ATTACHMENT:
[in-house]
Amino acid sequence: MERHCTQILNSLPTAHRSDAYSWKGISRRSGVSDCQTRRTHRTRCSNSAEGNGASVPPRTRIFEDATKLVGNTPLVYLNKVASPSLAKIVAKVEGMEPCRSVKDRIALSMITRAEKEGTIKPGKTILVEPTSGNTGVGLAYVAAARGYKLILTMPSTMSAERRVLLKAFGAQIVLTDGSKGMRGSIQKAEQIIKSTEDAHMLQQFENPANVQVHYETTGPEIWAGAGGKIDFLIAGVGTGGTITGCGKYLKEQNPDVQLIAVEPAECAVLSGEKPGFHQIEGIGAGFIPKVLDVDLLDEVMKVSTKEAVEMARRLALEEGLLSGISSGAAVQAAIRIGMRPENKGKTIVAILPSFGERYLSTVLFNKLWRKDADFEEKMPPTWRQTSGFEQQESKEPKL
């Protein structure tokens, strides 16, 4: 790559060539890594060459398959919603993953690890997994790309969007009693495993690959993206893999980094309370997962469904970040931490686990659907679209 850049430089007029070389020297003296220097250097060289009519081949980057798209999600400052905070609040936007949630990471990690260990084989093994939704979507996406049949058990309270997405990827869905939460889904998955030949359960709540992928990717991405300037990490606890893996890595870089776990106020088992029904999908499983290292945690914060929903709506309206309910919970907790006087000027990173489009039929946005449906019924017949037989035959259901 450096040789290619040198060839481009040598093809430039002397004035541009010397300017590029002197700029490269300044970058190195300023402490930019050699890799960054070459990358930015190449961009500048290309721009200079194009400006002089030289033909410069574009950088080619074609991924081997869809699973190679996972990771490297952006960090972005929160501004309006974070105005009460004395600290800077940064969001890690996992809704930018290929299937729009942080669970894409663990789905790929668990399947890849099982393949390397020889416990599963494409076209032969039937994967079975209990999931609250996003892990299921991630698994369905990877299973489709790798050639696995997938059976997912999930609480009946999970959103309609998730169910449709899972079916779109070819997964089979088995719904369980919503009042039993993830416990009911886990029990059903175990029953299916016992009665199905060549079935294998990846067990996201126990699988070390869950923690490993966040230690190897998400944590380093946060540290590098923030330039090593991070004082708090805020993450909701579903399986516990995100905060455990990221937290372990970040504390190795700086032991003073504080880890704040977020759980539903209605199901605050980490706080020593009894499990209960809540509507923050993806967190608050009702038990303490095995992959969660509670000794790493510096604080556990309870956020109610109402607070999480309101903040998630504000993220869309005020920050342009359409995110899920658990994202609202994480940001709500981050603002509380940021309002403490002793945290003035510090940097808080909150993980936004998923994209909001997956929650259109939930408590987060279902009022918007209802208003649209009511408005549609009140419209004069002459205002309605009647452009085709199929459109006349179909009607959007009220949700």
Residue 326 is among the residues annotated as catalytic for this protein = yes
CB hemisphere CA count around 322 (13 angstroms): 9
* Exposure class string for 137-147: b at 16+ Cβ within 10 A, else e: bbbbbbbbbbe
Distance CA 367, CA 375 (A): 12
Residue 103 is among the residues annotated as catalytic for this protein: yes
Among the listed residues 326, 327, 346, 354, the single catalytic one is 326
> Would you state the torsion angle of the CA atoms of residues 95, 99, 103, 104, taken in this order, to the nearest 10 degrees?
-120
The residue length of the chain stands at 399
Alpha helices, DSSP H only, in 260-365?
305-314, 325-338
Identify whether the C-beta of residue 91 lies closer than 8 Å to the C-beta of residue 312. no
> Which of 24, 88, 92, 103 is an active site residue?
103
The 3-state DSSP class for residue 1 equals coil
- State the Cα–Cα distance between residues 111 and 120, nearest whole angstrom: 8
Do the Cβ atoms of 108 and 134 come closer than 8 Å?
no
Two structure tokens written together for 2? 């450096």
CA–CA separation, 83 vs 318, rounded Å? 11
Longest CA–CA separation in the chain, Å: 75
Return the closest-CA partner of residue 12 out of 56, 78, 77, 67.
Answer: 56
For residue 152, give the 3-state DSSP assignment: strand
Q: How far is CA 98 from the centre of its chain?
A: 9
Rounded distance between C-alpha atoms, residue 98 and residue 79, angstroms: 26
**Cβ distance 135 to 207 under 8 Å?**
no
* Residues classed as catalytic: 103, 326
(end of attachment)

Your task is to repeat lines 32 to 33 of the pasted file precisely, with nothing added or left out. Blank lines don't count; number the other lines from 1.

no
* Residues classed as catalytic: 103, 326